In this project, there’s a class LogFactory that is responsible for creating and managing Logger objects. It does multiple things (showing that a class doesn’t just have to do one thing), but they are all related to this one responsibility. There is however one method feels out of place, and that’s the LoadConfiguration method:
This LoadConfiguration method is responsible for reading an XML file containing the configuration for the LoggerFactory to use. All of the sudden, we have another responsibility besides creating and managing Logger objects: reading configuration from a file system. These responsibilities are coupled, and both have their own reasons to change.
For example, if I want to add functionality to not only support XML config files but also JSON config files, I need to change this class, which potentially leads to regression in the “create and manage Logger objects” functionality. In this case, I would refactor this code and move this functionality to its own class.
How to spot these kinds of violations
There are a couple of ways to spot these kinds of violations. If you don’t have immediate problems with your code (e.g. regression) you can start with checking if you have big classes with lots of methods. Carefully inspect these methods of those classes and determine if they all really satisfy the same responsibility.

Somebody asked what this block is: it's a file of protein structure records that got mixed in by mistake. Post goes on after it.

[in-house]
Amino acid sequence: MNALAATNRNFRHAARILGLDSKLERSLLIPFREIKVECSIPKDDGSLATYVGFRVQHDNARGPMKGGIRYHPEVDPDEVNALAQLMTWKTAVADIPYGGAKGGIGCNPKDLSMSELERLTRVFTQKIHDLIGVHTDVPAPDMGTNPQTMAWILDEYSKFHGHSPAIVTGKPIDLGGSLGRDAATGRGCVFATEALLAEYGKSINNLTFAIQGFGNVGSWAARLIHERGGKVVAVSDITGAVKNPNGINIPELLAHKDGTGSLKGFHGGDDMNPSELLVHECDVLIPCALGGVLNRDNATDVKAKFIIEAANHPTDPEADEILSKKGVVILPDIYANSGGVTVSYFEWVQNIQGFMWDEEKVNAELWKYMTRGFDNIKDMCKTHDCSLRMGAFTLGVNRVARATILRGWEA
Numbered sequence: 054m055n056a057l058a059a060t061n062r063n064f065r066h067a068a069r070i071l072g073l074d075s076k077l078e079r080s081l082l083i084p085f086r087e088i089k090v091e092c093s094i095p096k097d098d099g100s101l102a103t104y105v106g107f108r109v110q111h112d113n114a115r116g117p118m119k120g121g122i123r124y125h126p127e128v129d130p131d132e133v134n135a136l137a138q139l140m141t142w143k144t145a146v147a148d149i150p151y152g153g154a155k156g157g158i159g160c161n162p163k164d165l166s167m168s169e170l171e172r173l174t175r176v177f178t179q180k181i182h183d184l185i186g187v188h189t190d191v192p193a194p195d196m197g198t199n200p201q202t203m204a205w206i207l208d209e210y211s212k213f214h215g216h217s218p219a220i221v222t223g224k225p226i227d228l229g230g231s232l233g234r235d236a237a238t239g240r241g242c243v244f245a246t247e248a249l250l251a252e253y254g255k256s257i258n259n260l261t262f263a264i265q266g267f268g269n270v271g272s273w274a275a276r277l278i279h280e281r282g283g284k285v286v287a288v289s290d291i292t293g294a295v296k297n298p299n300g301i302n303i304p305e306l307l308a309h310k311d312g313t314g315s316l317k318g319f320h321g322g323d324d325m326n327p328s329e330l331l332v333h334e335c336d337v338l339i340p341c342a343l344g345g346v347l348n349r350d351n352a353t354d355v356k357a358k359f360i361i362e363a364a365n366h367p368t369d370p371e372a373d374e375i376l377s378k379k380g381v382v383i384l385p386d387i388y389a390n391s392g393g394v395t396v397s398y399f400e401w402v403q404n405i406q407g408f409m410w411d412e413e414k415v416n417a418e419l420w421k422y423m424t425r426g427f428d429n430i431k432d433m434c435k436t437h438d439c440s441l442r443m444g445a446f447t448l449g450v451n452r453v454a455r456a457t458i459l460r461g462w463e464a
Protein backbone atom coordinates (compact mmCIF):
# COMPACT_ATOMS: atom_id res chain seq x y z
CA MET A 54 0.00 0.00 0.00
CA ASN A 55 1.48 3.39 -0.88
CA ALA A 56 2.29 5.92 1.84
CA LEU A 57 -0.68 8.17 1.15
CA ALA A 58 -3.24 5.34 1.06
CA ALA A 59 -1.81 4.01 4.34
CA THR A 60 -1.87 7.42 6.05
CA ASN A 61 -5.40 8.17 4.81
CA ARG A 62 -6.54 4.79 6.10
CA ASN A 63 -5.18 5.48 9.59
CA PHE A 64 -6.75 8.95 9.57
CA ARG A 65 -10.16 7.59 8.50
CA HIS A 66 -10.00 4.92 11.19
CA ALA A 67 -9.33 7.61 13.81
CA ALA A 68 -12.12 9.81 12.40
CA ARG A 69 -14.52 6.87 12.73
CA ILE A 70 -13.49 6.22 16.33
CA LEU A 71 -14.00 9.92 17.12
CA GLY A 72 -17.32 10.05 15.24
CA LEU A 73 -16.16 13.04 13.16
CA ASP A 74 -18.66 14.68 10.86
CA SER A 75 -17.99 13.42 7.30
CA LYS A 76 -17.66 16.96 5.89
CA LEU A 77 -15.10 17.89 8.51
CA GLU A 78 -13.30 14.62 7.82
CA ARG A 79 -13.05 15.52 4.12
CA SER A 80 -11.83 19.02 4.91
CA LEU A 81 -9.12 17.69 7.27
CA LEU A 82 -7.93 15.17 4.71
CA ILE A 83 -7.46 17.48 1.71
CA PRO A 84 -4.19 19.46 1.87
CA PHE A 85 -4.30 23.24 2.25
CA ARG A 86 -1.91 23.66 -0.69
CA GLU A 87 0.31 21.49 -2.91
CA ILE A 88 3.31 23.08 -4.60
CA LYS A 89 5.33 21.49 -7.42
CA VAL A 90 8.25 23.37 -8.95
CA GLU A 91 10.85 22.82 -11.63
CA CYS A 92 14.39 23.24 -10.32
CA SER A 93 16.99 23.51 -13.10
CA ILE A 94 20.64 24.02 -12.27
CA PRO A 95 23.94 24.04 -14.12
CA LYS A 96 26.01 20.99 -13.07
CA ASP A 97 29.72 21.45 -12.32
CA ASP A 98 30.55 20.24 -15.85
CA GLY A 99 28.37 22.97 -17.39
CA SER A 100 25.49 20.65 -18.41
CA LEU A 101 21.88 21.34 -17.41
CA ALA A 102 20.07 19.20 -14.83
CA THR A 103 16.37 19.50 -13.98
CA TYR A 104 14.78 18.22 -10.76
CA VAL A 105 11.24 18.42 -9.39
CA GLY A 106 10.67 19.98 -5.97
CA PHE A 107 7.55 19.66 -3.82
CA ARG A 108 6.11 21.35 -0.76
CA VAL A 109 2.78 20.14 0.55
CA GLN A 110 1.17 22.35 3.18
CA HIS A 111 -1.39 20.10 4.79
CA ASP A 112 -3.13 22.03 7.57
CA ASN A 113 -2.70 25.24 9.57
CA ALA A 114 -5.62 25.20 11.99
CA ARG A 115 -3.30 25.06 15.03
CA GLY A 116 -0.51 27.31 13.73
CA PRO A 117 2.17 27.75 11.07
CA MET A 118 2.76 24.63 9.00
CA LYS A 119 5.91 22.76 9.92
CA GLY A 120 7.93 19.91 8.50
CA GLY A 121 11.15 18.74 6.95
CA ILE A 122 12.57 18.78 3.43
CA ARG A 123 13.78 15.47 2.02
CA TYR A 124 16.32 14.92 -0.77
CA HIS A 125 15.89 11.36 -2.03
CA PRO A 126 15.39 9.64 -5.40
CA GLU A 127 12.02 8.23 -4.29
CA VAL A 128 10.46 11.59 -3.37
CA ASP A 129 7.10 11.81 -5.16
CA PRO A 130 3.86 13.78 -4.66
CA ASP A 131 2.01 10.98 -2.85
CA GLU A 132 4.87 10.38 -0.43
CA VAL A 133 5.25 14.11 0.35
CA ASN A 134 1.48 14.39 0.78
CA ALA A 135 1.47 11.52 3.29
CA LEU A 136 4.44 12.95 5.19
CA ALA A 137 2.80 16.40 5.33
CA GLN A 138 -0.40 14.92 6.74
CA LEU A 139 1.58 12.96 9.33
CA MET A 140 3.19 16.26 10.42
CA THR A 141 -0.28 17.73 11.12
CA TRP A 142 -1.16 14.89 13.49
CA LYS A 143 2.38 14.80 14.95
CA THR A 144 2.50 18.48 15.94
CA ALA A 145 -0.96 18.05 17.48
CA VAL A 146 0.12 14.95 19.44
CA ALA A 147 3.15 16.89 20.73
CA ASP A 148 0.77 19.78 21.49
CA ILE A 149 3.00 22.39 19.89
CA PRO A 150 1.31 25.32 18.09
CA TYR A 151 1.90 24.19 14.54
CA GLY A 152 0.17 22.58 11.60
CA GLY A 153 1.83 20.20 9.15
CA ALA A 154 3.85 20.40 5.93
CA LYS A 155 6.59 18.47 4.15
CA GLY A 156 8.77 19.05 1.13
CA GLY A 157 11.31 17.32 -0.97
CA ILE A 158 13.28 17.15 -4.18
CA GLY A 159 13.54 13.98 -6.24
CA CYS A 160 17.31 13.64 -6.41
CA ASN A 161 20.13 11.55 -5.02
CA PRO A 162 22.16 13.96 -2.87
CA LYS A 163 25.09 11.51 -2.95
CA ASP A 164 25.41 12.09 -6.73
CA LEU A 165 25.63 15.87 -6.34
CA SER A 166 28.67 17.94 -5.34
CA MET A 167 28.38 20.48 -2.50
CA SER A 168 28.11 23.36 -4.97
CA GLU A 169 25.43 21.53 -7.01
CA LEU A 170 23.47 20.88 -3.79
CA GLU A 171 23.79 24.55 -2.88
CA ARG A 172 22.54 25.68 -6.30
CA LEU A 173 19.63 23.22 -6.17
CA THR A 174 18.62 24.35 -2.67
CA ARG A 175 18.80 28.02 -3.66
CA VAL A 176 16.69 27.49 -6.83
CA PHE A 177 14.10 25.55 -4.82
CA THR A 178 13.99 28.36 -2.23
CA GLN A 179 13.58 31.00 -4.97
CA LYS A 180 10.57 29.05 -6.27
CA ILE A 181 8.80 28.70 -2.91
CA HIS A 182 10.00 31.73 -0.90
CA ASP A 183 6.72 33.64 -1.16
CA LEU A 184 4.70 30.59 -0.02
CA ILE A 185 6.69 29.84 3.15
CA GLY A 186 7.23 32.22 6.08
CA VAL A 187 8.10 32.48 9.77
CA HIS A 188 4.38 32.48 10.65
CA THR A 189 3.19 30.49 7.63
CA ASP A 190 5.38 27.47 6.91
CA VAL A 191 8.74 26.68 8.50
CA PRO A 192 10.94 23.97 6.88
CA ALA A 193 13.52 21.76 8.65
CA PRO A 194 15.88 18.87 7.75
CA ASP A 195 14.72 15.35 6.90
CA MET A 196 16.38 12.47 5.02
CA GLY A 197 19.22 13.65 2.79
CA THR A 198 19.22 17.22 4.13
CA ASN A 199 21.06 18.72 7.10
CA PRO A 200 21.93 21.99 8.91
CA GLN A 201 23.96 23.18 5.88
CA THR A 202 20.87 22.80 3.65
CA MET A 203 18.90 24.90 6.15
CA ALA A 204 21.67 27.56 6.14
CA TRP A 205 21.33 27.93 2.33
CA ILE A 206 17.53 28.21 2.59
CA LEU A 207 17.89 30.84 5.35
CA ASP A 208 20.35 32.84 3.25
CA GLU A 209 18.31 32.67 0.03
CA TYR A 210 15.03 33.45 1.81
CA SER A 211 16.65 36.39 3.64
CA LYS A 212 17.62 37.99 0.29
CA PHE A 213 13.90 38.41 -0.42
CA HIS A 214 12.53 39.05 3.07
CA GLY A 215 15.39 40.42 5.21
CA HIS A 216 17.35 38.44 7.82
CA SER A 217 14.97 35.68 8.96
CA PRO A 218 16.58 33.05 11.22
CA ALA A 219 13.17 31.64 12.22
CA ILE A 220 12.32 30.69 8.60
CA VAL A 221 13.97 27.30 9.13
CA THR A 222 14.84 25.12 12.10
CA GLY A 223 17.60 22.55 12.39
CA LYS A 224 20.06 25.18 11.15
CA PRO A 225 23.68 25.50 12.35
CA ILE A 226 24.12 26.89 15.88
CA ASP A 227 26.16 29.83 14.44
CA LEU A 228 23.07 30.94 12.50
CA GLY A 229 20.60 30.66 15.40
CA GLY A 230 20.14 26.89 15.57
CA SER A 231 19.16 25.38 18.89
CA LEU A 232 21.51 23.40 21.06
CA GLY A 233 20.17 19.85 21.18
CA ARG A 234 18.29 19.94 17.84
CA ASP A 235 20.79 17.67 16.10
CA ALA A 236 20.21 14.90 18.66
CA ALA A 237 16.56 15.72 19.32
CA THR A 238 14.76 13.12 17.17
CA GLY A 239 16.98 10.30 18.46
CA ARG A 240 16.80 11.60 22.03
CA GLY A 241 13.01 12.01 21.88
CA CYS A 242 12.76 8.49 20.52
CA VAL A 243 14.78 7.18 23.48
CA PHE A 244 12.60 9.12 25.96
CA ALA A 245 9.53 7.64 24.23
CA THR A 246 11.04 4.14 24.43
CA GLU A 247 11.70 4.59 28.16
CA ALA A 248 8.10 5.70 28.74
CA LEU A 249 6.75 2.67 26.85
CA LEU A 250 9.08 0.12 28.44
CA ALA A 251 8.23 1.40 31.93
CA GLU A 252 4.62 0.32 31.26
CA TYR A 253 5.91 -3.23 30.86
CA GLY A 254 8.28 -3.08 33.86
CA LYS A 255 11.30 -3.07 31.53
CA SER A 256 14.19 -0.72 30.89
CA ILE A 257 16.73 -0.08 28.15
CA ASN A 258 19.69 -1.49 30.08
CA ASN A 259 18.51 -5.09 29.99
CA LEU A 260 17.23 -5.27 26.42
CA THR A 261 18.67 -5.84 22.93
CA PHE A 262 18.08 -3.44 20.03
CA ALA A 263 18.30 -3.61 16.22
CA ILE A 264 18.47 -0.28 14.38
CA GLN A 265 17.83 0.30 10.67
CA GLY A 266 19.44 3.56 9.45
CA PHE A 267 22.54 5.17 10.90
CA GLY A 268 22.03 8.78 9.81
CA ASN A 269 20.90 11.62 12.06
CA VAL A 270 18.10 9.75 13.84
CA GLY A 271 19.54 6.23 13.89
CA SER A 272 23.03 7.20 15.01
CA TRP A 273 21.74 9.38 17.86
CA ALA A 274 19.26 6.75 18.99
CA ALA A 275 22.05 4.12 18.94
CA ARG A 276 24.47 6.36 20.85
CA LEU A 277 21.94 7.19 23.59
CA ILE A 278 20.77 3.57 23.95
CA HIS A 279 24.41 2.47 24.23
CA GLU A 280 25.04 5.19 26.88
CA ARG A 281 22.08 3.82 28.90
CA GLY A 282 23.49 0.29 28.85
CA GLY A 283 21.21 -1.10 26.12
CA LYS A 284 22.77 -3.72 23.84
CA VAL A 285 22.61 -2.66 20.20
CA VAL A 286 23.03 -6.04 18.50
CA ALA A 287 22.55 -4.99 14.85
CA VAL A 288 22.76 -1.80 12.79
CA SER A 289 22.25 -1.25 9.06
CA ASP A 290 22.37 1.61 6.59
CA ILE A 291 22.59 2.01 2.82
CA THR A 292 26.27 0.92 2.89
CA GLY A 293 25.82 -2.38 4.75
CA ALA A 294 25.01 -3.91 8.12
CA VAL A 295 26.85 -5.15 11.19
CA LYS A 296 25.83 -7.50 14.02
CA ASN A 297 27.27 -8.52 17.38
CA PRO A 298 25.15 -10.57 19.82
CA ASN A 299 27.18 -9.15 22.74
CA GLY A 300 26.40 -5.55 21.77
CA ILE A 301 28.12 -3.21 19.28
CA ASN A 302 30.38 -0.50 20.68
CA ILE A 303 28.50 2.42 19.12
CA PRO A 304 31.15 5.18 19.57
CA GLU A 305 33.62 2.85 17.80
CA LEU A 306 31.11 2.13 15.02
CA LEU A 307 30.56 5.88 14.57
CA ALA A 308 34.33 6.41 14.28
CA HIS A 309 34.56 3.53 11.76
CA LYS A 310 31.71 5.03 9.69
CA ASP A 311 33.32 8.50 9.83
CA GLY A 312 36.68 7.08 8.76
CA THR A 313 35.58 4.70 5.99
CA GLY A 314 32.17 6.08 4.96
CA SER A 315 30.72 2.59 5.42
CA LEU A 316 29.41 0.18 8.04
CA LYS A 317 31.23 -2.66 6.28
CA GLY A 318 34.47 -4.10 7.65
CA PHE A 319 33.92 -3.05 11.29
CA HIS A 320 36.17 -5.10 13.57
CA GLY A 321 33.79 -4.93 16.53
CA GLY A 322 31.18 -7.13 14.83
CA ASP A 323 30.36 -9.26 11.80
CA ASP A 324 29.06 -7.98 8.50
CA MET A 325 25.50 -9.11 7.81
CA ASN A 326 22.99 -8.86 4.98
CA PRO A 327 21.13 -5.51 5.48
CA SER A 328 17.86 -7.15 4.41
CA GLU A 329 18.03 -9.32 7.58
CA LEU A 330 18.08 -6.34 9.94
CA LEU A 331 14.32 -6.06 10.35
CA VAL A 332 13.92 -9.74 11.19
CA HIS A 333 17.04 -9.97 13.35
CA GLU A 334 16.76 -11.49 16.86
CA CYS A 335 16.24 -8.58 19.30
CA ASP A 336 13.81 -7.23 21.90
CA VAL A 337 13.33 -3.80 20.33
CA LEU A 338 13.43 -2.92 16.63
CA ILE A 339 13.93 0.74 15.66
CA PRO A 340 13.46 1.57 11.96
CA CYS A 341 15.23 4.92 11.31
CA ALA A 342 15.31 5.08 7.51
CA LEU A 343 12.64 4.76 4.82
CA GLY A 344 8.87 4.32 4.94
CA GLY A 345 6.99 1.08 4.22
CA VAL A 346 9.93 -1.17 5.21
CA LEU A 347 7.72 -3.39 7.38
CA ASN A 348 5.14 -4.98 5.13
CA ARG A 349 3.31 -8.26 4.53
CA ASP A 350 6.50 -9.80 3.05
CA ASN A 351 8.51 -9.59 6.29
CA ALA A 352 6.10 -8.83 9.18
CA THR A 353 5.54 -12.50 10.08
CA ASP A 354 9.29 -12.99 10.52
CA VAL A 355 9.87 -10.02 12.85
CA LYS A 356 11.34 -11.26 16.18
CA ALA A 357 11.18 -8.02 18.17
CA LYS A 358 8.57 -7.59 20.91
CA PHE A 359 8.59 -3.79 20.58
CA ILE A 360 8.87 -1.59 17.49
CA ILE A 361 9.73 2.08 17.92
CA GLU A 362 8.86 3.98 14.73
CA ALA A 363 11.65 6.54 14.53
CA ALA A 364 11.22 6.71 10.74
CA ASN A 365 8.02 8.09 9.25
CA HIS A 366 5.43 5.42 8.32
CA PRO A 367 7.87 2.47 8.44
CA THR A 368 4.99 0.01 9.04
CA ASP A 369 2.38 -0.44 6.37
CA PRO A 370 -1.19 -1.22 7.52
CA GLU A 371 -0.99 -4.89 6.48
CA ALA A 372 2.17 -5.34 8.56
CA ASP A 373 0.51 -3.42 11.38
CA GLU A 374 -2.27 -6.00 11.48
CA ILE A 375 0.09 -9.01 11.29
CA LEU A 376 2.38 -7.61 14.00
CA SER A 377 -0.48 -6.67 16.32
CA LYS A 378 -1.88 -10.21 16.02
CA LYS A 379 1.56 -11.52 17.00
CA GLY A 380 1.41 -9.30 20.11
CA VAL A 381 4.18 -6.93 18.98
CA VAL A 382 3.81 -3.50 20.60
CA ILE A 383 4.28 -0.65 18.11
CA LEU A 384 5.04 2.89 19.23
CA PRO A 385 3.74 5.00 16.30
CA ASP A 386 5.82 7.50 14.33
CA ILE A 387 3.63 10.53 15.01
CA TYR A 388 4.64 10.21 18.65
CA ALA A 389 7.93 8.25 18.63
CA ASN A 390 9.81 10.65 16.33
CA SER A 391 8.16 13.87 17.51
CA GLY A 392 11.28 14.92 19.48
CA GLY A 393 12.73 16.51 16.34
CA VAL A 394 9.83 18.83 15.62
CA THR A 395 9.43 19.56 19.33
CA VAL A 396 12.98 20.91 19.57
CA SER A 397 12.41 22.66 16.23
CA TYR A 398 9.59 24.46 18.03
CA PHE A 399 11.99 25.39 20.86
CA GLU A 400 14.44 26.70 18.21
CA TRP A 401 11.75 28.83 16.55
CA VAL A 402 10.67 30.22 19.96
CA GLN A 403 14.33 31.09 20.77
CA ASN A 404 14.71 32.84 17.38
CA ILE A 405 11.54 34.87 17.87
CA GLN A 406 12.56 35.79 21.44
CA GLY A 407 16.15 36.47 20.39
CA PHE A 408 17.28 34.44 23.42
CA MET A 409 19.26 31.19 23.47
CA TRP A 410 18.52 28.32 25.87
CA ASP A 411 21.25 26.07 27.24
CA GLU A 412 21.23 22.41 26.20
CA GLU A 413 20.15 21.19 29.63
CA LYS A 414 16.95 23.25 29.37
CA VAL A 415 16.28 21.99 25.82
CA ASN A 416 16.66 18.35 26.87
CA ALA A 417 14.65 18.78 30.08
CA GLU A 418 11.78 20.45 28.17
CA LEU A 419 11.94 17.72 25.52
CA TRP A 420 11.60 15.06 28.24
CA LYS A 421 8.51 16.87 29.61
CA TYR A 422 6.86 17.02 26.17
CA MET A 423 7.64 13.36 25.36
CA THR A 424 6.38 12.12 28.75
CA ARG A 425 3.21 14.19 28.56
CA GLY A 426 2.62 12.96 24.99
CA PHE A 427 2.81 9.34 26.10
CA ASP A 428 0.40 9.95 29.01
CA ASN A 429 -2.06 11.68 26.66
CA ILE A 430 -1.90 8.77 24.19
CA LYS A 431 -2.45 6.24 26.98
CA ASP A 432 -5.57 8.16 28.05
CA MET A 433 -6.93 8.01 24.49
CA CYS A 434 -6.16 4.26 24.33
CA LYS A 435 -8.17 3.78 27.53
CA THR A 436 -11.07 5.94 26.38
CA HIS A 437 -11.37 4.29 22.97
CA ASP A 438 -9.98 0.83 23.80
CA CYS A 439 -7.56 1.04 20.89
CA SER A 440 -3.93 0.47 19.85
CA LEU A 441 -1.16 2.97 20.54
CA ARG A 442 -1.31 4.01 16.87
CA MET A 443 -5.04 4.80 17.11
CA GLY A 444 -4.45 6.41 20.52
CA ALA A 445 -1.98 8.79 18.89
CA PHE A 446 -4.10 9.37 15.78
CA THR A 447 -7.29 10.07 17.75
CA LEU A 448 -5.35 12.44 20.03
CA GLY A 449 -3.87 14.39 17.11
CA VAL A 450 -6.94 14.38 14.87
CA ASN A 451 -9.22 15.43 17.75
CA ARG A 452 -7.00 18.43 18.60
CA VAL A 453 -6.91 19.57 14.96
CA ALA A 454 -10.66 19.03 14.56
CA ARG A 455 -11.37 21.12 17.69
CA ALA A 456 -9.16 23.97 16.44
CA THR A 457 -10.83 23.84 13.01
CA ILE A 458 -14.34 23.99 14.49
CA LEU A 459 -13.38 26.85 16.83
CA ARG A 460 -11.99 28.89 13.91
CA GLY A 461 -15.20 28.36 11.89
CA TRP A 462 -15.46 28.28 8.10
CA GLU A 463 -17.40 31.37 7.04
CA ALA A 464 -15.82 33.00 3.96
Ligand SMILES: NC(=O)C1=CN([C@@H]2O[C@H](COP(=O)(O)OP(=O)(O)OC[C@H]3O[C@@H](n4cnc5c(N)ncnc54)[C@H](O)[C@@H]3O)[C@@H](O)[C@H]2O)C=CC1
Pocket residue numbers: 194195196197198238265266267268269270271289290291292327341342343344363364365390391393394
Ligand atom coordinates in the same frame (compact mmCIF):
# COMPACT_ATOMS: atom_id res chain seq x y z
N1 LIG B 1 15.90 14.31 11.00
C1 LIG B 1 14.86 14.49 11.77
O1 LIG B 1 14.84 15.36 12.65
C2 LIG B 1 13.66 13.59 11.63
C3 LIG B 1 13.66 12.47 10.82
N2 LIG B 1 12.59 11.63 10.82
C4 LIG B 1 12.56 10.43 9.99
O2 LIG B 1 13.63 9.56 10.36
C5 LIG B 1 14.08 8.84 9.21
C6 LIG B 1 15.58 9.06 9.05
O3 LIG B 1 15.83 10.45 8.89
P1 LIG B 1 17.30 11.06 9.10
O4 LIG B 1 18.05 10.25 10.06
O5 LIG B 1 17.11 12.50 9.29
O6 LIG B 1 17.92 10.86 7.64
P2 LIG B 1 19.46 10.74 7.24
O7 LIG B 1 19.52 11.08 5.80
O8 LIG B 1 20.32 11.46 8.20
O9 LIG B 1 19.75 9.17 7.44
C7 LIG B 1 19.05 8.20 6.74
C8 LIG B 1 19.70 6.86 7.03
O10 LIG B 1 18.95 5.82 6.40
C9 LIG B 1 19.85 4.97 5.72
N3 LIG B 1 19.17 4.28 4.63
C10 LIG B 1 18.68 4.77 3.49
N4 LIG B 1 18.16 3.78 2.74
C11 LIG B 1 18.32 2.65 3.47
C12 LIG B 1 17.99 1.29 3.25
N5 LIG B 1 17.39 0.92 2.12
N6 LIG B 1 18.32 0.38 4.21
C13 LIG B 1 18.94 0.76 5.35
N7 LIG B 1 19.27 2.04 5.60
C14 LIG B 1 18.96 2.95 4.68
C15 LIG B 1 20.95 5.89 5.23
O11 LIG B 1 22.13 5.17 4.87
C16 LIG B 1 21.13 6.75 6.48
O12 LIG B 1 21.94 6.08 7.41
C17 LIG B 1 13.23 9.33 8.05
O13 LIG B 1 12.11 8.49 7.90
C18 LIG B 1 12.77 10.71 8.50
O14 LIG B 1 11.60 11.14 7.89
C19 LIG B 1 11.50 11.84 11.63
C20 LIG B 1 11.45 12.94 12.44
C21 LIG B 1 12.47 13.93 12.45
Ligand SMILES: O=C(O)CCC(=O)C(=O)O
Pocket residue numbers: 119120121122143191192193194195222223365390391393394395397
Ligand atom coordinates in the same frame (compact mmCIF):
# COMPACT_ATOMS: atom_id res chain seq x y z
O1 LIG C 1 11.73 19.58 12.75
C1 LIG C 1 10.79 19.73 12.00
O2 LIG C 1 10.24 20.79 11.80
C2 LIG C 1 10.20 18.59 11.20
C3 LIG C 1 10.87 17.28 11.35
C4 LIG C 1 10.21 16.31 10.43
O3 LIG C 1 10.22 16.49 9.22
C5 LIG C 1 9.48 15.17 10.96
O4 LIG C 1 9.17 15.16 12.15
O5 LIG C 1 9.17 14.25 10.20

When you have regression in your application, check if the class or module that is the source of the regression problem has multiple responsibilities. If the problem is not caused by the violation of this principle, it could still be caused by other design problems for example due to a hard coupling with other classes.
Another sign of this violation is when you are working with multiple developers or even development teams on the same code base but on different functionality and you constantly interfere with each other. This interference pops up as merge conflicts or regression in files that both parties changed. If you use Git as VCS, you can get a list with the top 10 files that changed most often, thus are a potential problem area:
How to solve these violations
Most of the time, solving this problem is easy. If you have a class that violates this principle, extract the methods belonging to one of the responsibilities and create a separate class for them. Continue doing this until you have only one responsibility per class.
If you still want to have one entry point to call instead of having to work with multiple classes from your caller, you could use the Façade Pattern to achieve this. The Façade class is then responsible for instantiating and delegating to the appropriate classes. Robert C. Martin describes this solution in his book Clean Architecture.
The Single Responsibility Principle is a powerful yet often misunderstood design principle. Adhering to it makes changing functionality safer and easier by reducing the blast radius and preventing unwanted side effects of the change. Luckily, there are simple ways to find and solve violations in your code, making sure your code is in a good shape for change!
This blog was written by Harm Pauw.